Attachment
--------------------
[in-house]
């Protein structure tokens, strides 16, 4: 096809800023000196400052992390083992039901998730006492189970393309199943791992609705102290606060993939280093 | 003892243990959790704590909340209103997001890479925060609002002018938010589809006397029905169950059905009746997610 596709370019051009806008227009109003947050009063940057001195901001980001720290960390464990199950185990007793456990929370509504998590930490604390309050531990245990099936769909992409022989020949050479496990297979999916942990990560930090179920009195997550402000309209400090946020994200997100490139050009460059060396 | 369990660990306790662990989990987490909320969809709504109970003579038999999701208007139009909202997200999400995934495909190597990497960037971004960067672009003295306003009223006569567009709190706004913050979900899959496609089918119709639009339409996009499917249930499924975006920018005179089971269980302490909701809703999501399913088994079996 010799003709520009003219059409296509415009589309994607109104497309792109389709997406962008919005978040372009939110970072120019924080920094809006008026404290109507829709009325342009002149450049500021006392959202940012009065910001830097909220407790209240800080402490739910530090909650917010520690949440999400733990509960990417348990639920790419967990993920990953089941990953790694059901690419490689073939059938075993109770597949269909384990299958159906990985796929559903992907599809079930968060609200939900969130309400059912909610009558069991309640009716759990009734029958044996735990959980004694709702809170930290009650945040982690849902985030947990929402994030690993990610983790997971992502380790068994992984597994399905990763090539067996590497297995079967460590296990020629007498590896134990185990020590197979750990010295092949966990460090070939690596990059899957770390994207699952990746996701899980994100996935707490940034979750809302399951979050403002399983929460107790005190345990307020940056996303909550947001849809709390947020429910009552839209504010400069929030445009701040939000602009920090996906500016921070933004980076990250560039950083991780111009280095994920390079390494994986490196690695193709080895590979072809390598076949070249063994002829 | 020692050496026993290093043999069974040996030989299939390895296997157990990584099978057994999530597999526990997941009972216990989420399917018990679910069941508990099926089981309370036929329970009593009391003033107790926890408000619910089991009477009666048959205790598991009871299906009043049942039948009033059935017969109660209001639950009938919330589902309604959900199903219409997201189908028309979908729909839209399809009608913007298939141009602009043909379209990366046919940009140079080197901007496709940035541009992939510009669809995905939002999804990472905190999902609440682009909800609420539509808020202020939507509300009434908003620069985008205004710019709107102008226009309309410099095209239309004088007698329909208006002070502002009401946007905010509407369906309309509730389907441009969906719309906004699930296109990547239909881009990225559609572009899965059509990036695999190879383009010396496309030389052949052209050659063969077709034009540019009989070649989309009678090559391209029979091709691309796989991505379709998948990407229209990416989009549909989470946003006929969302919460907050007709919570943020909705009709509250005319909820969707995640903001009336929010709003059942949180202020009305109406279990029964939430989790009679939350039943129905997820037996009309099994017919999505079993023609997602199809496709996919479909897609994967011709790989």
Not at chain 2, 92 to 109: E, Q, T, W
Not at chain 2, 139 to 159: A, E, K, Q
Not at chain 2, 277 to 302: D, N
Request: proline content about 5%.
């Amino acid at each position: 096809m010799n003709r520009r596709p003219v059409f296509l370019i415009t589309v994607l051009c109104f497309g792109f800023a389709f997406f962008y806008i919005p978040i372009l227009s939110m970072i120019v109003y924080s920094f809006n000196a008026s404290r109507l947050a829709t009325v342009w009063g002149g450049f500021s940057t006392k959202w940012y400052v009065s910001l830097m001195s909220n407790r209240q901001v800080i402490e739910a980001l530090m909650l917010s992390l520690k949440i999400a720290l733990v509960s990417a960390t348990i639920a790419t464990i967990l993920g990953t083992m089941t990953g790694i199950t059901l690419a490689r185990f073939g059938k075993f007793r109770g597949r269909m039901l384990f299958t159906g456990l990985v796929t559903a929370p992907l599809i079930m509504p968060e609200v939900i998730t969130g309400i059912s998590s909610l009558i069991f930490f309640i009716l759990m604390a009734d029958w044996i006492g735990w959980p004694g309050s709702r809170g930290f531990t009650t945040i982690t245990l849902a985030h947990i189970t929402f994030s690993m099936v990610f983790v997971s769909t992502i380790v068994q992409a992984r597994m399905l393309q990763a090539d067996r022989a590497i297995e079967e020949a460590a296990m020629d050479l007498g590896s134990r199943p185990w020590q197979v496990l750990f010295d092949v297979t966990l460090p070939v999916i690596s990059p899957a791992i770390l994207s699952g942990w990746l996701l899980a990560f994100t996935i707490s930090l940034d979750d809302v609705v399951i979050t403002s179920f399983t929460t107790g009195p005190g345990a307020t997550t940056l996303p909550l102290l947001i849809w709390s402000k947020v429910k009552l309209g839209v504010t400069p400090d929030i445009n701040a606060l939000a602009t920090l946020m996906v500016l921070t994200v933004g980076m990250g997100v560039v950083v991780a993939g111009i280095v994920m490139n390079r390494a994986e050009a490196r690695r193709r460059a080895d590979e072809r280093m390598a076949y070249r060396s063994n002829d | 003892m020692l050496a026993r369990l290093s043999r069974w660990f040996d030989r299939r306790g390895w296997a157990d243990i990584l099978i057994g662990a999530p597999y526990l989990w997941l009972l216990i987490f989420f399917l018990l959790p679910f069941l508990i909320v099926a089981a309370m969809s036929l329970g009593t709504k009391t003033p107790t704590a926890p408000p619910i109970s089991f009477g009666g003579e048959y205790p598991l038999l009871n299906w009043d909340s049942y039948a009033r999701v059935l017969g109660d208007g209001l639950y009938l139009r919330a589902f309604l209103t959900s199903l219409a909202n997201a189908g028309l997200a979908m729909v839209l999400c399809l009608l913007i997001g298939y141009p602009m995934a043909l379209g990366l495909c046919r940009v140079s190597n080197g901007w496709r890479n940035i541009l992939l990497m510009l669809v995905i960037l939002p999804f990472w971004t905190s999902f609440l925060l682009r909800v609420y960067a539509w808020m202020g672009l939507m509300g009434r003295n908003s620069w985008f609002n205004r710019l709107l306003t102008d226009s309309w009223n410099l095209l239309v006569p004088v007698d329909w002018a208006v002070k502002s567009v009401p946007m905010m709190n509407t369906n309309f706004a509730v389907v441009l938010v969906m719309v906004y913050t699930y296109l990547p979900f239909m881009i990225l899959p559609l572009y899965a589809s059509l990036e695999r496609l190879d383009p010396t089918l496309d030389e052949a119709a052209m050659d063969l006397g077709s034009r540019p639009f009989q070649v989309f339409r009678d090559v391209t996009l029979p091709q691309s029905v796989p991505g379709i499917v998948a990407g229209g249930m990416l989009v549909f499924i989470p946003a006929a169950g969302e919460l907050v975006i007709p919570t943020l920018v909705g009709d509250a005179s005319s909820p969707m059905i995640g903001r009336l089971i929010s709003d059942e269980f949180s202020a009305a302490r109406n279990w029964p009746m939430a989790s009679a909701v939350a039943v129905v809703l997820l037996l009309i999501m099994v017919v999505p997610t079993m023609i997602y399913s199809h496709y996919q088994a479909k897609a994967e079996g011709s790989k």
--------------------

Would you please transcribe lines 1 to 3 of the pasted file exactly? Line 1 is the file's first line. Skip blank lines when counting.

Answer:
[in-house]
């Protein structure tokens, strides 16, 4: 096809800023000196400052992390083992039901998730006492189970393309199943791992609705102290606060993939280093 | 003892243990959790704590909340209103997001890479925060609002002018938010589809006397029905169950059905009746997610 596709370019051009806008227009109003947050009063940057001195901001980001720290960390464990199950185990007793456990929370509504998590930490604390309050531990245990099936769909992409022989020949050479496990297979999916942990990560930090179920009195997550402000309209400090946020994200997100490139050009460059060396 | 369990660990306790662990989990987490909320969809709504109970003579038999999701208007139009909202997200999400995934495909190597990497960037971004960067672009003295306003009223006569567009709190706004913050979900899959496609089918119709639009339409996009499917249930499924975006920018005179089971269980302490909701809703999501399913088994079996 010799003709520009003219059409296509415009589309994607109104497309792109389709997406962008919005978040372009939110970072120019924080920094809006008026404290109507829709009325342009002149450049500021006392959202940012009065910001830097909220407790209240800080402490739910530090909650917010520690949440999400733990509960990417348990639920790419967990993920990953089941990953790694059901690419490689073939059938075993109770597949269909384990299958159906990985796929559903992907599809079930968060609200939900969130309400059912909610009558069991309640009716759990009734029958044996735990959980004694709702809170930290009650945040982690849902985030947990929402994030690993990610983790997971992502380790068994992984597994399905990763090539067996590497297995079967460590296990020629007498590896134990185990020590197979750990010295092949966990460090070939690596990059899957770390994207699952990746996701899980994100996935707490940034979750809302399951979050403002399983929460107790005190345990307020940056996303909550947001849809709390947020429910009552839209504010400069929030445009701040939000602009920090996906500016921070933004980076990250560039950083991780111009280095994920390079390494994986490196690695193709080895590979072809390598076949070249063994002829 | 020692050496026993290093043999069974040996030989299939390895296997157990990584099978057994999530597999526990997941009972216990989420399917018990679910069941508990099926089981309370036929329970009593009391003033107790926890408000619910089991009477009666048959205790598991009871299906009043049942039948009033059935017969109660209001639950009938919330589902309604959900199903219409997201189908028309979908729909839209399809009608913007298939141009602009043909379209990366046919940009140079080197901007496709940035541009992939510009669809995905939002999804990472905190999902609440682009909800609420539509808020202020939507509300009434908003620069985008205004710019709107102008226009309309410099095209239309004088007698329909208006002070502002009401946007905010509407369906309309509730389907441009969906719309906004699930296109990547239909881009990225559609572009899965059509990036695999190879383009010396496309030389052949052209050659063969077709034009540019009989070649989309009678090559391209029979091709691309796989991505379709998948990407229209990416989009549909989470946003006929969302919460907050007709919570943020909705009709509250005319909820969707995640903001009336929010709003059942949180202020009305109406279990029964939430989790009679939350039943129905997820037996009309099994017919999505079993023609997602199809496709996919479909897609994967011709790989």
Not at chain 2, 92 to 109: E, Q, T, W